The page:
‘Green Book’ Doesn’t Deserve Its Oscar Nominations [Opinion]

The period drama had no business being nominated for Best Picture, Actor, or Original Screenplay.

The 'Green Book' cast and director.
Kevin Winter / Getty Images

The period drama had no business being nominated for Best Picture, Actor, or Original Screenplay.

Green Book — director Peter Farrelly’s period drama about a road trip to the South in the 1960s involving two unlikely friends — was nominated for five Academy Awards, per the Inquisitr. The nominations were announced Tuesday morning.

The film, which told the story of the friendship between Italian-American bar bouncer Tony “Lip” Vallelonga and African-American musician Don “Doc” Shirley, was nominated for Best Picture. Viggo Mortensen secured a nod for Best Actor and Mahershala Ali followed suit, being nominated for Best Supporting Actor. The film was also nominated for Best Original Screenplay (for Nick Vallelonga, Brian Hayes Currie, and Peter Farrelly), and Best Editing (for Patrick J. Don Vito).

Three of those nominations are totally indefensible.

Green Book has absolutely no business being nominated for Best Picture. It’s silly and mawkish, centering the wrong main character and building its story around a ridiculous narrative arc — one in which a racist idiot slowly learns to become a slightly less-racist idiot. The film’s racial politics are clumsy at best — and in a year during which films such as the not-nominated Sorry To Bother You, Blindspotting, and If Beale Street Could Talk dealt with racial issues much more skillfully, any of those were much more deserving of a Best Picture slot. This is to say nothing of other contenders such as Black Panther and BlacKkKlansman.

Similarly, the Green Book shouldn’t be nominated for Best Original Screenplay, either. Co-written by Vallelonga, and essentially based on stories which his father told him, the screenplay is at the crux of many of the film’s faults. It focuses on the less-compelling of the two main characters, while putting key exposition in the mouths of supporting characters. The dialogue isn’t so great either, having characters say ridiculous things like “hey, I’m workin’ here!”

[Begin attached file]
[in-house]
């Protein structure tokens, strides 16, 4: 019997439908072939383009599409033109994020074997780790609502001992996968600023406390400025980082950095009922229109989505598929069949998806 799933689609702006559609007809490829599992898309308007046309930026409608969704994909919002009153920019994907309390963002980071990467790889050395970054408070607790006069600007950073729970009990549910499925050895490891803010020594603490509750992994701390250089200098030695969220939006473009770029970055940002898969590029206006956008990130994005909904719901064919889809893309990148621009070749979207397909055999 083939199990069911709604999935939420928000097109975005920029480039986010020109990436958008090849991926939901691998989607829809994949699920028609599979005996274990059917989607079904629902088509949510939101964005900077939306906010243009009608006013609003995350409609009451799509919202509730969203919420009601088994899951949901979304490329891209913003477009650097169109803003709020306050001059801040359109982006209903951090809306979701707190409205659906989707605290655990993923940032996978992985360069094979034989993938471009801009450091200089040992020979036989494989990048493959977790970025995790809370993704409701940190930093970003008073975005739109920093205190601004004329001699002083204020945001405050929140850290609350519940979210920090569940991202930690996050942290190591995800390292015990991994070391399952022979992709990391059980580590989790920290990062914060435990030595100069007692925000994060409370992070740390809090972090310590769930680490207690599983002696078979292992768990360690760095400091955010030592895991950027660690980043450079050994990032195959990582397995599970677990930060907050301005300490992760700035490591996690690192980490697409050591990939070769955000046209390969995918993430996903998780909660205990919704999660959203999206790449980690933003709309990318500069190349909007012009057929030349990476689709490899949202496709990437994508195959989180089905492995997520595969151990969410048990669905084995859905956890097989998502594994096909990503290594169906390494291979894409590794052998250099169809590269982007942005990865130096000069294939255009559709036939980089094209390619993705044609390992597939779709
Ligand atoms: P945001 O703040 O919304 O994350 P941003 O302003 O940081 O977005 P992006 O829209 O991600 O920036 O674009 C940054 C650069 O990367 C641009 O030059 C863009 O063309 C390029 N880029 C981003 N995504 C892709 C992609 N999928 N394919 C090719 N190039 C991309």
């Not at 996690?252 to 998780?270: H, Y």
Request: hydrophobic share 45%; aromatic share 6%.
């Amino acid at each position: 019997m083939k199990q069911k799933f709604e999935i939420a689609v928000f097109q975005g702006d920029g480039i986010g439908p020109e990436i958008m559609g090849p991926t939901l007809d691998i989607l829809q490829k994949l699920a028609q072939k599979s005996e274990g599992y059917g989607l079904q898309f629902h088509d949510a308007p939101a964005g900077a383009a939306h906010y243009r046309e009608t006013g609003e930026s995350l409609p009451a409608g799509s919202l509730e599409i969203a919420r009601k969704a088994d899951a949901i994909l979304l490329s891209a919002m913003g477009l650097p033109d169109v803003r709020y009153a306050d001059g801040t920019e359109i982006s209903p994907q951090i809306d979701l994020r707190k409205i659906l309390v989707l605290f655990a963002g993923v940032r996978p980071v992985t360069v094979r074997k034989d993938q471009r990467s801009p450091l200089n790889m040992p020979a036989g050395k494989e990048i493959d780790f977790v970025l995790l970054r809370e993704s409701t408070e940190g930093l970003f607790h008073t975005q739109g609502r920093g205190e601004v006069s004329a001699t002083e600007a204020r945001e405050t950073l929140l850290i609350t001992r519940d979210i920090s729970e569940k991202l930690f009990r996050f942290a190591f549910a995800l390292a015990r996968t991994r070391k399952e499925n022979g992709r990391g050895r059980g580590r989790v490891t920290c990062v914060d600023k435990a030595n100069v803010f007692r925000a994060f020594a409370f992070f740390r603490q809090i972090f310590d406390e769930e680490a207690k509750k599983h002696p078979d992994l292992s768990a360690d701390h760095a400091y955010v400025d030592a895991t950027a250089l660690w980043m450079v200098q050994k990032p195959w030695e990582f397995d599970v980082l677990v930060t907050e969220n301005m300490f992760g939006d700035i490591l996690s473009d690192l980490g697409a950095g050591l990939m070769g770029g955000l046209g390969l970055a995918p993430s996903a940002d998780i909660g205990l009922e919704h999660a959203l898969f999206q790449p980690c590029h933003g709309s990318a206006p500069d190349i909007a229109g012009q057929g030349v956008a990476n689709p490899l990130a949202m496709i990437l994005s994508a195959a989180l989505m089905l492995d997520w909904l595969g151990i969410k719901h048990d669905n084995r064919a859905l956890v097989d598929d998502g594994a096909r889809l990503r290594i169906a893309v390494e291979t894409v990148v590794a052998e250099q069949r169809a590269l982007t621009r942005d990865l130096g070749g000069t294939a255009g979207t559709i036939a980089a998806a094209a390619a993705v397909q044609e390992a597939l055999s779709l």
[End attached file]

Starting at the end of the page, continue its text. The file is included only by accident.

And finally, I have no idea why Mortensen’s performance — which is an extended Italian-American caricature on the level of Joe Pesci in My Cousin Vinny— is doing among the acting nominees. It likely has something to do with the Academy’s tendency to over-award performances that involve extreme weight gain and loss.

I have no quarrel with the movie’s other two nominations, as Mahershala Ali is excellent as Shirley, and there’s nothing wrong with the film’s editing. But this is part of the problem: a film that centered around Doc Shirley — or told a story about his life that wasn’t about the time in which he spent a couple of months with his fool of a driver — would have been much more interesting. Such an offering would likely have notched Ali a Best Actor nomination, rather than a Best Supporting Actor nod.

In achieving those nominations, Green Book overcame a sluggish box office performance, as well as a series of negative stories about the film. Per the Inquisitr, various essays criticized the film’s racial politics, and — also per the Inquisitr — Shirley’s family came forward to take issue with the film’s depiction of their late relative. An old interview appeared, one of Farrelly admitting that he exposed himself to women. An old tweet surfaced, one of co-screenwriter and co-producer Nick Vallelonga tweeting at President Trump about Muslims celebrating the 9/11 attacks.

But Green Book‘s support has rebounded, with a Golden Globe Best Picture win, and it’s now seen as a Best Picture favorite alongside A Star Is Born and Roma. It shouldn’t be, because it’s a much worse film than either of those by nearly every conceivable metric.